It wasn’t all yucks, though. Daniels slowed things down here and there during the first half, moreso after the 15-minute intermission. He’s got a pleasant voice. Full, with a bluesy accent without the bluesy tragedy. His songs went from quick-picking fun to slower journal entries. But there was always a story.

    When it was over he stood up, took off his black baseball cap and took a deep bow. He got a standing ovation, and it didn’t take much to get him back in his chair for one more song.

    His RV — oft-referenced throughout the show — was idling at the curb, a dog at shotgun.

  • This review was in the November 12, 2010 edition of the Duluth (Minn.) News Tribune.

    Review: Allstar Weekend concert

    By Christa Lawler
    Duluth News Tribune

    If you’ve ever been associated with a slumber party, you can imagine the sound it makes in a warehouse-style venue when 300 girls are waiting for a glimpse of a handful of Radio Disney heartthrobs.

    First there were chants. “All. Star. Week. End.” Then there were squeals. Neon bracelets and neon signs with neon letters: “I love you Allstar Weekend. You rock!”

    Finally the guys rushed onto the stage, bubbling like Red Bull, and began cranking out their wholesome poppy synth single “A Different Side of Me” to kick off Wednesday’s concert at Clyde Iron Works. Allstar Weekend was the finale in a four-band bill that included Action Item, the Scene Aesthetic and Stephen Jerzak.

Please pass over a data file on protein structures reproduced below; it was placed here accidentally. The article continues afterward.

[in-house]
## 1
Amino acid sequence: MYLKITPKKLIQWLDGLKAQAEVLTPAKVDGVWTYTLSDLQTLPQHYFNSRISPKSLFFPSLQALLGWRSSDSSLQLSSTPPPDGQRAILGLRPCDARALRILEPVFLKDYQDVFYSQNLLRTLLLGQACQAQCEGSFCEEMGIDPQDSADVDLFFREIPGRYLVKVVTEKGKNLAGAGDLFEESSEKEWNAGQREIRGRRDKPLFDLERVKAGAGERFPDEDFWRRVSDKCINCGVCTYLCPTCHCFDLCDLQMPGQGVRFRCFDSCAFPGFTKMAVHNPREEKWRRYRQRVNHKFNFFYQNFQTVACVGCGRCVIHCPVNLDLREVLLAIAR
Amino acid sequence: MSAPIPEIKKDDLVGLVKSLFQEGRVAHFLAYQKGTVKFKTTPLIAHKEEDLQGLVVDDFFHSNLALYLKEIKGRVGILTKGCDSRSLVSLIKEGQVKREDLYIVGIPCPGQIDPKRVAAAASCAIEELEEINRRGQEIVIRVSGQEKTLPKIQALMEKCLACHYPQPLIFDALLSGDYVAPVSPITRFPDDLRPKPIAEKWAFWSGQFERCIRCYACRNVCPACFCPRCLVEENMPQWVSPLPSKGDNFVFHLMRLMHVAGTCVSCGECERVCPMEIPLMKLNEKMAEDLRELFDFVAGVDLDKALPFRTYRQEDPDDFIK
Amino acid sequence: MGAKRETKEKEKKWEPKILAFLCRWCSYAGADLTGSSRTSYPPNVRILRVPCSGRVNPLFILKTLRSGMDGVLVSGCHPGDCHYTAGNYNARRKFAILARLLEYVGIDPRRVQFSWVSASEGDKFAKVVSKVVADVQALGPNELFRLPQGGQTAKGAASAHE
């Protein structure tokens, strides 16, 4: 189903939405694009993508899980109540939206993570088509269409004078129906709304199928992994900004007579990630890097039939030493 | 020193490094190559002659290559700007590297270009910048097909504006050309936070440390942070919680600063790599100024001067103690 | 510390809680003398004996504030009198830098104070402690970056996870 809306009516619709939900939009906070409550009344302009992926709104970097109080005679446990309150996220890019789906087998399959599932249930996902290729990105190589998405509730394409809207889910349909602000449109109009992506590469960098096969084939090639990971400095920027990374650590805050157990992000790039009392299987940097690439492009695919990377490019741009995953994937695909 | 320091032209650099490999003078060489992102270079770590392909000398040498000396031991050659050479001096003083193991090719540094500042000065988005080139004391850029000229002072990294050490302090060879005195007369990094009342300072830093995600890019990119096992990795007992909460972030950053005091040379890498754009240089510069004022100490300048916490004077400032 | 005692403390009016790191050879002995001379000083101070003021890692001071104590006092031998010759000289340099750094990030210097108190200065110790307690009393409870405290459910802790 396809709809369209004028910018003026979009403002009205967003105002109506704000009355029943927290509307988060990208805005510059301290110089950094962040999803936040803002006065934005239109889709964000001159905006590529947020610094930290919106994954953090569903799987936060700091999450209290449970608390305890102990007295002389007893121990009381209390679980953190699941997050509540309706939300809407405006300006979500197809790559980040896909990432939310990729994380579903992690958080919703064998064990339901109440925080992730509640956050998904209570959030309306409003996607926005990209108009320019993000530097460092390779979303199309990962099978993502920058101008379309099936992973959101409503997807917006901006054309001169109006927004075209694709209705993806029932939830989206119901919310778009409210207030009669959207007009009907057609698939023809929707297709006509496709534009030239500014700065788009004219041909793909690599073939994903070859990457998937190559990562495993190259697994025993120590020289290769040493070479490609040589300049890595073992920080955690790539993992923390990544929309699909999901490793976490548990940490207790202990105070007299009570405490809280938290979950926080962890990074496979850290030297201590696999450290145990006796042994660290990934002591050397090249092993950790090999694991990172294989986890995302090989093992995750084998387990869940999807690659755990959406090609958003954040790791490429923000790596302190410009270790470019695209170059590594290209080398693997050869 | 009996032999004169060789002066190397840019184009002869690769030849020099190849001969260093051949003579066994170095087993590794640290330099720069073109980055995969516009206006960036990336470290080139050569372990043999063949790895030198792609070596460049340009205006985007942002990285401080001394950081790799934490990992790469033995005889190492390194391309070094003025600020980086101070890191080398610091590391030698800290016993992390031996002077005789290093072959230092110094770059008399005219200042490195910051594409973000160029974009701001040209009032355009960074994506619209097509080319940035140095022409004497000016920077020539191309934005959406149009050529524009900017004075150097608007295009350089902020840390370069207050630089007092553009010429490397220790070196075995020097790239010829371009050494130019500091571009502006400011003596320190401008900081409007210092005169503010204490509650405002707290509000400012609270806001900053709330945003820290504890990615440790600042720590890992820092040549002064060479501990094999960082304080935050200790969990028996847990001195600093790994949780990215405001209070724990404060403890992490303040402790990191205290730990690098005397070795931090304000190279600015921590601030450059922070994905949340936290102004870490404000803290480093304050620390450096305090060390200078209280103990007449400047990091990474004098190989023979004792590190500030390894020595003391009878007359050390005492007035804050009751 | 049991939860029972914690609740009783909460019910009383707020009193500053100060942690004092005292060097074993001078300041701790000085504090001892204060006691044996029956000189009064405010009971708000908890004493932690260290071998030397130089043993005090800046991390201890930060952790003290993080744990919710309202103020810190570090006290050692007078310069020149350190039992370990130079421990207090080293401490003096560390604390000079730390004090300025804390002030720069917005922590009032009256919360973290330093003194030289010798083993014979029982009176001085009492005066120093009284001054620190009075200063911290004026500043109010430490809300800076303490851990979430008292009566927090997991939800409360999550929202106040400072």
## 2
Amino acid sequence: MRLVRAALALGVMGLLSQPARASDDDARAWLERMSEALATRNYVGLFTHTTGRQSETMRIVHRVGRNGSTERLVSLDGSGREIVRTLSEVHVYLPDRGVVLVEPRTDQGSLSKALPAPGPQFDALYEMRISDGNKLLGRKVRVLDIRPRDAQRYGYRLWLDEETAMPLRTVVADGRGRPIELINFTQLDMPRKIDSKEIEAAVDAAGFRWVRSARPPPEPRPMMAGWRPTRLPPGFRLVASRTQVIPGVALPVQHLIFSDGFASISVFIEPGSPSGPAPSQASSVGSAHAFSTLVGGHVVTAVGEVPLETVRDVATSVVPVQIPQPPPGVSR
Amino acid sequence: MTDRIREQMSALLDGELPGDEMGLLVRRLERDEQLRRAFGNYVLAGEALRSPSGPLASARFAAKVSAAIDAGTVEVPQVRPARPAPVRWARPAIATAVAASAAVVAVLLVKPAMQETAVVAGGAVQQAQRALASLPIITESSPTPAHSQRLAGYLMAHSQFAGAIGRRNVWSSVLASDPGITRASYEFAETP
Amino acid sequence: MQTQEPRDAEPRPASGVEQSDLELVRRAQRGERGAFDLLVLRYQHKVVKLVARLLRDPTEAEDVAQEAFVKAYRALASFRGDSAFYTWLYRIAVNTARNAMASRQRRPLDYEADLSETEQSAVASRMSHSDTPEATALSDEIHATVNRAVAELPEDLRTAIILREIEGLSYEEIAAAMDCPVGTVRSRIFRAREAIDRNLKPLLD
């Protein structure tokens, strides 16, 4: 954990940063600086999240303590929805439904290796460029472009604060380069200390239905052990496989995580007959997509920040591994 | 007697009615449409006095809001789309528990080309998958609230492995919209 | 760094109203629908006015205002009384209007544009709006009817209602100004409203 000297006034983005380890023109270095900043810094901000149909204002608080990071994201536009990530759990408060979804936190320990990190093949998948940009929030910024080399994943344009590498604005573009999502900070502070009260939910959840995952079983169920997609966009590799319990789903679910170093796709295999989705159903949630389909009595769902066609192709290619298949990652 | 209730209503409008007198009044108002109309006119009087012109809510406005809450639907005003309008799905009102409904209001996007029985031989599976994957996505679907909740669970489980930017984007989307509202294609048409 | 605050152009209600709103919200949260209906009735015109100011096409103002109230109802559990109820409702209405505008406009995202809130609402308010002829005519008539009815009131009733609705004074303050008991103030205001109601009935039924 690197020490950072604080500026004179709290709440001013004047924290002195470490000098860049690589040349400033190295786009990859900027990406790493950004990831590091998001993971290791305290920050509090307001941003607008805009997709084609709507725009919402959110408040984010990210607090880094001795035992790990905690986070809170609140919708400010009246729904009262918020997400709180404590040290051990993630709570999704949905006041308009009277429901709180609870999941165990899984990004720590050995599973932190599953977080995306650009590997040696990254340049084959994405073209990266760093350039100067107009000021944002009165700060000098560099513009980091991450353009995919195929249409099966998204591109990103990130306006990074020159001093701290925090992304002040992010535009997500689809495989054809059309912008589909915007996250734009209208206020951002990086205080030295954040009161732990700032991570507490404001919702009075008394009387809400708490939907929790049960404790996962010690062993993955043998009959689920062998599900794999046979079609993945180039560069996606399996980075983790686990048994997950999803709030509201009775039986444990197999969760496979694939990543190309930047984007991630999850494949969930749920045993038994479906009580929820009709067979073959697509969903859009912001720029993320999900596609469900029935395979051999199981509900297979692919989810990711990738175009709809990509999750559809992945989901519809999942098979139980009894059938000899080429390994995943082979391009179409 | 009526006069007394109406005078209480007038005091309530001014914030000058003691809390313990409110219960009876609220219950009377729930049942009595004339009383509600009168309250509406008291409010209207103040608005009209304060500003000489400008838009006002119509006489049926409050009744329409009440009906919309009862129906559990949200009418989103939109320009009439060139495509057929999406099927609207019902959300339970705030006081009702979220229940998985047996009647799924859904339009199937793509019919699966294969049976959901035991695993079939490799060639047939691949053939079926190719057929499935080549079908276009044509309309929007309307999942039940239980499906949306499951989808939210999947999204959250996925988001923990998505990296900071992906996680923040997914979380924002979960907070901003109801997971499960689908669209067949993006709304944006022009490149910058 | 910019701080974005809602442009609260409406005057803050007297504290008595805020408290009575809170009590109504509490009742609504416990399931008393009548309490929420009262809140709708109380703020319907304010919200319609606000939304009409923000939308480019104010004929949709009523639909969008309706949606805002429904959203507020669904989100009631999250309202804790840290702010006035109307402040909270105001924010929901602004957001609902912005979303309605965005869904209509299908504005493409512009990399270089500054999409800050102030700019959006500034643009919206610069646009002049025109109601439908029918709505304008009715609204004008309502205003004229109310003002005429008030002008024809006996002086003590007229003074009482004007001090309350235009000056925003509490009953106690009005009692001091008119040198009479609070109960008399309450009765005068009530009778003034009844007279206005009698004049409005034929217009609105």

There was lead singer Zach Porter in a denim jacket, plaid shirt and black skinny jeans. He’s an enigmatic leader, who leans into the swell of girls, points to the ladies and probably sends his words straight into some poor sap’s soul. The dreadlocked Nathan Darmody is the supercool lead guitar player in a tight polo shirt and acid-washed skinny jeans. Bass player Cameron Quiseng is the personality behind the operation, messy-haired, rambunctious, most likely to crash into a bandmate while skittering across the stage. Michael Martinez quietly manned the drums — until a very special acoustic moment when he stepped out from behind the skins and busted out some rhymes.

    Finding a dude in the crowd was like playing “Where’s Waldo.” There were a few, though. Boyfriends and dads.

    Allstar Weekend’s on-stage antics are the stuff of montages in gum commercials: playful, flirty, boyish. A minute from erupting into a noogie-fest.

    They played the entirety of their debut album “Suddenly Yours,” getting the hugest response from “Come Down with Love,” and “Hey Princess.” They kicked it old-school with their very first radio single, “Journey to the End of My Life,” by handing over their instruments and going unplugged.

    At one point, Quiseng invited a fan on stage, a woman he incorrectly identified as “Marcy.” She sat in a chair under a spotlight while Porter sang the oozy-goozy love ballad “Amy.” Not-Marcy quietly sang along and got hugs before she left the stage.

    They also covered “Magic” by B.O.B., with Darmody trading his guitar for a microphone and rapping. And rapping well.